It's come to my attention that Modi'in has just celebrated a very special birthday. Modi'in has turned 13 this July and I for one would like to wish it a Mazal Tov. (But no presents; you get enough from me in Arnona [property taxes]).
It seems that the first resident of Modi'in, Gadi Mizrachi, moved into his apartment on Emek Hachula in July of 1996. He moved in to an apartment that wasn't completely ready and had no electricity or water, (but I imagine he never had trouble finding a parking spot). Mr. Mizrachi also has the honor of opening up the first business in the city, a stationary store. The first supermarket store came one month later (by which time the city's population had already increased over 100 fold). When Mr. Mizrachi moved in, the area where we live was still a mountain.
A bit of history: It was Moshe Dayan, in 1963, in his role as Minister of Agriculture that first toyed with the idea of re-establishing the native land of the Chashmonaim (who revolted against the Greeks in the famous Chanukah story) and turning it into a modern city called "Modi'in", named after the nearby ancient city of Modi'in described in the Talmud. It took 30 years until the cornerstone of the city was laid.
Modi'in is centrally located, midway between Jerusalem and Tel-Aviv. It is a planned city, designed by famous architect Moshe Safdie. In noting the hills and valleys of the area, Mr. Safdie decided to place the parks, schools, shopping centers in the valleys, and have the residential areas rise up on either side. Apparently, city planners also had the resident's health in mind: some of these hills are killers.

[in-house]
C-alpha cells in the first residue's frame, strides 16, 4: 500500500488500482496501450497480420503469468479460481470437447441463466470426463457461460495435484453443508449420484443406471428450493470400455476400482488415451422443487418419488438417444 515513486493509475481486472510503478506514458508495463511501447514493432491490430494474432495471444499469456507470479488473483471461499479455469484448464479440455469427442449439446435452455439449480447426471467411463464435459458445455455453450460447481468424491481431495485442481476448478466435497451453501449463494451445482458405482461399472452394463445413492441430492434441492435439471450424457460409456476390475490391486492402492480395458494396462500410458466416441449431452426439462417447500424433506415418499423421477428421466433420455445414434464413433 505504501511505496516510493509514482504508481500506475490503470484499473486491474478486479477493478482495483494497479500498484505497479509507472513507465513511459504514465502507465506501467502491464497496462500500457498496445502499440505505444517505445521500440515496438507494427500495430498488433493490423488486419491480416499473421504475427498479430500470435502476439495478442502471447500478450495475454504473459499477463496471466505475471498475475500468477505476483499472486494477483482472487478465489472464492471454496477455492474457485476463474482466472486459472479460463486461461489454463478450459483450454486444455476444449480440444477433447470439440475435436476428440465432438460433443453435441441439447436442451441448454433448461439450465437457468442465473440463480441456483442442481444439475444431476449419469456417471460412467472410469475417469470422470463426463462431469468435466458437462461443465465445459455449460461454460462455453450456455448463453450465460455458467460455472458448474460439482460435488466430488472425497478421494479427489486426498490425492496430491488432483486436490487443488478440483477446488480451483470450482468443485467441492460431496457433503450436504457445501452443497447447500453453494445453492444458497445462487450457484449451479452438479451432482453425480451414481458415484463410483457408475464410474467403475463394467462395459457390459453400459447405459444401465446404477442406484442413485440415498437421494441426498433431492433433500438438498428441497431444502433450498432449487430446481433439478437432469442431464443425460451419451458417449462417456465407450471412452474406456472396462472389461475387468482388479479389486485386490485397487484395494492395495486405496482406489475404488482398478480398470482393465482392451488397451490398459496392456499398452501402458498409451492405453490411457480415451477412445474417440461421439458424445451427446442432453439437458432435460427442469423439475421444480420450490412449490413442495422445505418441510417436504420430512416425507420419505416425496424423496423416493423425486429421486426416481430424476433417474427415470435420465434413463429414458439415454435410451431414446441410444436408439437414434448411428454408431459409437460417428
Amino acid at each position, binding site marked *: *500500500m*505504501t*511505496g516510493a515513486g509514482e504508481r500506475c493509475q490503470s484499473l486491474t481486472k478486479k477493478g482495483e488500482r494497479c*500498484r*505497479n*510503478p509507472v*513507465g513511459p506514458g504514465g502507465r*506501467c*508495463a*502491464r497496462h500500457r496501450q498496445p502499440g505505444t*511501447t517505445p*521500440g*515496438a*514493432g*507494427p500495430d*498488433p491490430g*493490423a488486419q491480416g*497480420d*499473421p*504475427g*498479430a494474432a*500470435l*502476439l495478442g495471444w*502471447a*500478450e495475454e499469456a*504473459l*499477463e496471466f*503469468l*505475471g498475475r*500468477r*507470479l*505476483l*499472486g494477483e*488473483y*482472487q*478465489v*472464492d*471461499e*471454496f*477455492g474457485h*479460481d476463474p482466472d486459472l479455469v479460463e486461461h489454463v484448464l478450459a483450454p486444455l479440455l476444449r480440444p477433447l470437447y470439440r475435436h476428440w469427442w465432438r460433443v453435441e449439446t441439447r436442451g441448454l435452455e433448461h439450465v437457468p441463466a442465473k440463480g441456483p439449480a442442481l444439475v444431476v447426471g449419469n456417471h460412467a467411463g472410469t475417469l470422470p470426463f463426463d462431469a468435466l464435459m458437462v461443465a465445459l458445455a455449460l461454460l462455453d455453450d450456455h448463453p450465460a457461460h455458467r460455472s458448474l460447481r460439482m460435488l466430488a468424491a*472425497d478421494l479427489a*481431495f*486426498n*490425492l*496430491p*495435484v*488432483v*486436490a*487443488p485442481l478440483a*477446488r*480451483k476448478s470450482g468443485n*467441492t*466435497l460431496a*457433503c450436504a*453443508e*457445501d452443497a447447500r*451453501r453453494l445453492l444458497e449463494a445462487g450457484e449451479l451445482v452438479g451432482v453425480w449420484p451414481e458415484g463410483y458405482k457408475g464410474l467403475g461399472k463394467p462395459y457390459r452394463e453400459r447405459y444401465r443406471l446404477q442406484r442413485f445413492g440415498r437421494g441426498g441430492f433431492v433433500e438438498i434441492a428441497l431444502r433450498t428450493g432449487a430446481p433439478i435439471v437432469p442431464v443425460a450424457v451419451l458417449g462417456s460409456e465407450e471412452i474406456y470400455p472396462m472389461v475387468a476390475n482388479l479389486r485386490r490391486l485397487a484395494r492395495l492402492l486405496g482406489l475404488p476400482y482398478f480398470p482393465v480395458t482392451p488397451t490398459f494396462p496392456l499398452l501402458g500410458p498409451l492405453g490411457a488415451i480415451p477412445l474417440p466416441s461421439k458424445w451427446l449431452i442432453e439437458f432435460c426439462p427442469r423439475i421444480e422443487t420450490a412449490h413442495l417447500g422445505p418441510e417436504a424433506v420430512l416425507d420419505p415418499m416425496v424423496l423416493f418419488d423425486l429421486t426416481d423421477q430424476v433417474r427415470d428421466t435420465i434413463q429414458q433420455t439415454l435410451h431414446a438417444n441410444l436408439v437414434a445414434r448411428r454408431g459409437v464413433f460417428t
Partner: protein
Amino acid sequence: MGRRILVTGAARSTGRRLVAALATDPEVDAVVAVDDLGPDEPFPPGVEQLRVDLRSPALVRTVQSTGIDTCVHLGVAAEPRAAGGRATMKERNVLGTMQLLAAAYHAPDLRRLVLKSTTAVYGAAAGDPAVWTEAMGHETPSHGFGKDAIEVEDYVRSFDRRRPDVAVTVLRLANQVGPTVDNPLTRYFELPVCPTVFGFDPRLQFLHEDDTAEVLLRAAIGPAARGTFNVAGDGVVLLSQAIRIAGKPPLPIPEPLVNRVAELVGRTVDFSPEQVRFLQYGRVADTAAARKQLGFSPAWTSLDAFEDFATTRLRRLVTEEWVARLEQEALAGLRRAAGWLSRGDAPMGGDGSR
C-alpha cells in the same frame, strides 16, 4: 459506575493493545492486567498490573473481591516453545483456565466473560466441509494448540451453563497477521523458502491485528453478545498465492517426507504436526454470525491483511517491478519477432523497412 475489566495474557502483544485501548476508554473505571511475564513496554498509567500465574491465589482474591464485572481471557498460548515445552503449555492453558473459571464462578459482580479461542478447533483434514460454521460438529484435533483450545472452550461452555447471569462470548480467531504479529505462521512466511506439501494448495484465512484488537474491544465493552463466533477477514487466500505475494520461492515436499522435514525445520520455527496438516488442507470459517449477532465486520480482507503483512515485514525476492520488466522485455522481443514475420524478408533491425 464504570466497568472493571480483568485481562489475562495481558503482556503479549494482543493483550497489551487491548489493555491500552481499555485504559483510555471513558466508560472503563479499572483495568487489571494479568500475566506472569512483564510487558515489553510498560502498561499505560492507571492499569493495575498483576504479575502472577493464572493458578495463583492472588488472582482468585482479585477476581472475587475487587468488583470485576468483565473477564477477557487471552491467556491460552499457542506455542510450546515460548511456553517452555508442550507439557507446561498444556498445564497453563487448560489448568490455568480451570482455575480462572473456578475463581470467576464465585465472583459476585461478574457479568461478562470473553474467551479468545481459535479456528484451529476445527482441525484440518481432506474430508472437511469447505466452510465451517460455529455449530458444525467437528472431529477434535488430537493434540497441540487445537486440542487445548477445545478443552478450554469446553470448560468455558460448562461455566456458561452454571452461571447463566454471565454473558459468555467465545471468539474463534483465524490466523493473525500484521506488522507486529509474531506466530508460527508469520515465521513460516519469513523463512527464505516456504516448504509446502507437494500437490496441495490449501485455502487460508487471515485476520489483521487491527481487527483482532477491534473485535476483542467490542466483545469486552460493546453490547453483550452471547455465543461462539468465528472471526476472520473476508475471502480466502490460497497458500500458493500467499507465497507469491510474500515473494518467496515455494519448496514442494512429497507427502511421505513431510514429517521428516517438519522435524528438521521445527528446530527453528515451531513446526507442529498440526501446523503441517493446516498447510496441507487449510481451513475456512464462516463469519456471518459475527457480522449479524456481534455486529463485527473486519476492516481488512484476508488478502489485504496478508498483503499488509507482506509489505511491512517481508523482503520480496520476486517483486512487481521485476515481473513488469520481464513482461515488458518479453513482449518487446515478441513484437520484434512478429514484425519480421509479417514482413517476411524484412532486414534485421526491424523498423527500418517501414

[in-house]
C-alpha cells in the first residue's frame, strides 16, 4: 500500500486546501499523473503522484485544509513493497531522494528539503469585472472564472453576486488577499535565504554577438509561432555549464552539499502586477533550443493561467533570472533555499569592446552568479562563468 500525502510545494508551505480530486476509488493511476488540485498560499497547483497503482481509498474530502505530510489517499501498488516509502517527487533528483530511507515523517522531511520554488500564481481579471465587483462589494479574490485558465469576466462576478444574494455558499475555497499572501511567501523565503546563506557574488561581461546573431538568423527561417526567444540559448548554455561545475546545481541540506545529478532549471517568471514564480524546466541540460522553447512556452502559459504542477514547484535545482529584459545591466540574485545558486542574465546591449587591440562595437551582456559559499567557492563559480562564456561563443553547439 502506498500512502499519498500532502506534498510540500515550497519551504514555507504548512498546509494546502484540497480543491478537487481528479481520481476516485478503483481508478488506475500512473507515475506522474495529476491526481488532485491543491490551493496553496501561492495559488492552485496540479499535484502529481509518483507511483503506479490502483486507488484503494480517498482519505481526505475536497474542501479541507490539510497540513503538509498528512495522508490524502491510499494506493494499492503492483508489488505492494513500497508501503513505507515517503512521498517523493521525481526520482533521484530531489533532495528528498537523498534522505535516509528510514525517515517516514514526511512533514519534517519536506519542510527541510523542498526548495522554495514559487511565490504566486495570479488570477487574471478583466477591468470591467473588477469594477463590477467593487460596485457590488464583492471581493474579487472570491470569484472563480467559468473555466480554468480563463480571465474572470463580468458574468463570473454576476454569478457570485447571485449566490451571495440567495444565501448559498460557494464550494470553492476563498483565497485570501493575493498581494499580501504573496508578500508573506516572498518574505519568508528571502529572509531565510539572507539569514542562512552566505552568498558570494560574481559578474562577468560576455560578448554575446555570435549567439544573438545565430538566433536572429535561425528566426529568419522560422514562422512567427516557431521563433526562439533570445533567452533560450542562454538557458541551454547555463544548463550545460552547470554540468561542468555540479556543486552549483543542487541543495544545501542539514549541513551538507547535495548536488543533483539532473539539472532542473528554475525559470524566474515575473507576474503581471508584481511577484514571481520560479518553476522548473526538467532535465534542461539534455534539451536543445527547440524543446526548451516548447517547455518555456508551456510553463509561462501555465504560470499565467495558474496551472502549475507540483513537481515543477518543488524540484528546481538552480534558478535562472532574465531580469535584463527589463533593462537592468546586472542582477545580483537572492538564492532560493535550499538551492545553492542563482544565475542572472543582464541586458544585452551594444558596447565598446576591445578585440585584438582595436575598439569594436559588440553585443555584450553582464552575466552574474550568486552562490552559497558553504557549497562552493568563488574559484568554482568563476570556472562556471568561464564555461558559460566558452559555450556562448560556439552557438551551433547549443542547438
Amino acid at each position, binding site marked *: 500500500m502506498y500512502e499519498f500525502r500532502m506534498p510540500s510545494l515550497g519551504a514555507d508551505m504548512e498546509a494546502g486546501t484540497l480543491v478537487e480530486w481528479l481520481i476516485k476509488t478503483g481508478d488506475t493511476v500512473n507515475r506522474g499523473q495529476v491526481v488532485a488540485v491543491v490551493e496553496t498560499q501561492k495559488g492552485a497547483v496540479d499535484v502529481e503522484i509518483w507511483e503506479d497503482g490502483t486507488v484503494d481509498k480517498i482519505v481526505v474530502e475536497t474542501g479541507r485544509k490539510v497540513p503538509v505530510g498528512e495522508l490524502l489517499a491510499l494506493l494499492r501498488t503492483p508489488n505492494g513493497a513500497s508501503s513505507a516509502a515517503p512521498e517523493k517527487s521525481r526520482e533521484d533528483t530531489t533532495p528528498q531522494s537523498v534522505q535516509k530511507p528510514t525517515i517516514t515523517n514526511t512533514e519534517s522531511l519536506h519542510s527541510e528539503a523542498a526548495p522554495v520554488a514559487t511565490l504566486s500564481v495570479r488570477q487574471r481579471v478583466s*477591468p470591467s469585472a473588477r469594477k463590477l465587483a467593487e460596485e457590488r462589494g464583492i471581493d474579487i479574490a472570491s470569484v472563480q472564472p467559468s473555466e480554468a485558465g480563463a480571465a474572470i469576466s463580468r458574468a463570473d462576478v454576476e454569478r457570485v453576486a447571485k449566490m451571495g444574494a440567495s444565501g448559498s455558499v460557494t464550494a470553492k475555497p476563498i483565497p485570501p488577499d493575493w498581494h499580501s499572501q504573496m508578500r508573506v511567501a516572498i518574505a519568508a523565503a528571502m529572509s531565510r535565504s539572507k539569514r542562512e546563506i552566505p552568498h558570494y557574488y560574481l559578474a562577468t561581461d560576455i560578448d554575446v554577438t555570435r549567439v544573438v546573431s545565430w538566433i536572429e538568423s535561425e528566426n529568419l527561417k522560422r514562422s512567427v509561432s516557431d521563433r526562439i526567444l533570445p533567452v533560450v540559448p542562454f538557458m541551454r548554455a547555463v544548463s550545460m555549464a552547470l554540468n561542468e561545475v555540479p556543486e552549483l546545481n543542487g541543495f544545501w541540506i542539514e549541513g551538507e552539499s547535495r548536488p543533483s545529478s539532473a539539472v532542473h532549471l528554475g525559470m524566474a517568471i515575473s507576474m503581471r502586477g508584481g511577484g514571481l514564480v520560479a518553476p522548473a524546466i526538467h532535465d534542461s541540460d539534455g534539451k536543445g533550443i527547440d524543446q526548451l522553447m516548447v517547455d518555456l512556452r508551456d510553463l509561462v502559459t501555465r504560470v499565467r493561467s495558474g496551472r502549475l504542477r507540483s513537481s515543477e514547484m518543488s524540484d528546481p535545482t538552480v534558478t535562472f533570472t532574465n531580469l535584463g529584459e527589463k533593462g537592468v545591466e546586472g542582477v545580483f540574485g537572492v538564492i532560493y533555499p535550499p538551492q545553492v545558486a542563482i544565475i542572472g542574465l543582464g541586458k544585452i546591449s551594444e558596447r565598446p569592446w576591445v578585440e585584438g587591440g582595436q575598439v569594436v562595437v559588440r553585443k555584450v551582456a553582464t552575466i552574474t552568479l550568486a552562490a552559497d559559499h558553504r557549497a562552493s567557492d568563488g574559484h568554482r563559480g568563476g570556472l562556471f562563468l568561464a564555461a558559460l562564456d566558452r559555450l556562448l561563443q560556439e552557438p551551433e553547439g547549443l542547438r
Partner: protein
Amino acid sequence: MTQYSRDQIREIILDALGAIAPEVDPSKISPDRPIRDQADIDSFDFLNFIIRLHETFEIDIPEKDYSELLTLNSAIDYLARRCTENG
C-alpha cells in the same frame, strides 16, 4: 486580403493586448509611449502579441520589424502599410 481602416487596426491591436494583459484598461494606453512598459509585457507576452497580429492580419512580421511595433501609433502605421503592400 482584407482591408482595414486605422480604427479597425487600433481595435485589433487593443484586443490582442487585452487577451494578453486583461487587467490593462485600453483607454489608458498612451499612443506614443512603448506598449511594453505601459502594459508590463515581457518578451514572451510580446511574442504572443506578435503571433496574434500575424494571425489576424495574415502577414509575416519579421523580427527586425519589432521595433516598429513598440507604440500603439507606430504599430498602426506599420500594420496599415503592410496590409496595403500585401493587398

What I love about living in this city is watching it grow before my eyes. One day I'll see a pile of rubble and the next day a new supermarket rises (down the block from me!). Since we've arrived, the two train stations (12 minutes to Ben Gurion Airport, 17 minutes to Tel Aviv) and much to my daughters' delight, the MALL, have been opened. A town pool is coming soon, according to rumor. New highways, roads, traffic circles are constantly being finished, which sometimes makes for some amusing (or maybe not) roadtrips. I love driving down to the new Menachem Begin Blvd. in the new Moriah neighborhood, at the end of Modi'in. It feels like the end of the world. It is a complete construction zone, yet some of the buidlings are ready and you see signs of life there: cars in driveways, laundry hanging out, toys on the porches. And I look over at the next hill and wonder when that will be filled with homes and buildings.
I'm a newbie here. I have friends who have been here ten or eleven years, when the city was mostly hills and rocks. They speak very fondly of those early years, but I know that Modi'in is still a city in its infancy (okay in its teenage years, but you get what I'm saying). Someday in the distant future, I will also remember what the city was like way-back-when and how it has flourished. I am glad that I came when I did, in time to watch it grow.
Mazal tov to my new city. May you continue to grow and prosper!
The entrance to Modi'in